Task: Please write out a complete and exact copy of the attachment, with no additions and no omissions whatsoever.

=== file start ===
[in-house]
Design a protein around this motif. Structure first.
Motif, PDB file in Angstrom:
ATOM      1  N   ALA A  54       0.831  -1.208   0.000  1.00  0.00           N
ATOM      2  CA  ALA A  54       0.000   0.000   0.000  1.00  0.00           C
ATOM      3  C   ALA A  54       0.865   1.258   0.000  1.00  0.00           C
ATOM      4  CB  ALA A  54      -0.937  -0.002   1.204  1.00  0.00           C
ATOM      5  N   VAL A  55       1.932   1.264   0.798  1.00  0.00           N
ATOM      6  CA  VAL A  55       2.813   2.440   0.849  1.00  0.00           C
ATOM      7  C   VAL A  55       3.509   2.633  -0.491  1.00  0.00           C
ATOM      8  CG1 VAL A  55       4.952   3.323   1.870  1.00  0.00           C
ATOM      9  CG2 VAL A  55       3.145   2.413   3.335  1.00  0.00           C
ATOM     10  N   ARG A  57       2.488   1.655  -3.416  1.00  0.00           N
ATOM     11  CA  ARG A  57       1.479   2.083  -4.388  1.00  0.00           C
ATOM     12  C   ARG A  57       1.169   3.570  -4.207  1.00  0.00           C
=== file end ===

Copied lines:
[in-house]
Design a protein around this motif. Structure first.
Motif, PDB file in Angstrom:
ATOM      1  N   ALA A  54       0.831  -1.208   0.000  1.00  0.00           N
ATOM      2  CA  ALA A  54       0.000   0.000   0.000  1.00  0.00           C
ATOM      3  C   ALA A  54       0.865   1.258   0.000  1.00  0.00           C
ATOM      4  CB  ALA A  54      -0.937  -0.002   1.204  1.00  0.00           C
ATOM      5  N   VAL A  55       1.932   1.264   0.798  1.00  0.00           N
ATOM      6  CA  VAL A  55       2.813   2.440   0.849  1.00  0.00           C
ATOM      7  C   VAL A  55       3.509   2.633  -0.491  1.00  0.00           C
ATOM      8  CG1 VAL A  55       4.952   3.323   1.870  1.00  0.00           C
ATOM      9  CG2 VAL A  55       3.145   2.413   3.335  1.00  0.00           C
ATOM     10  N   ARG A  57       2.488   1.655  -3.416  1.00  0.00           N
ATOM     11  CA  ARG A  57       1.479   2.083  -4.388  1.00  0.00           C
ATOM     12  C   ARG A  57       1.169   3.570  -4.207  1.00  0.00           C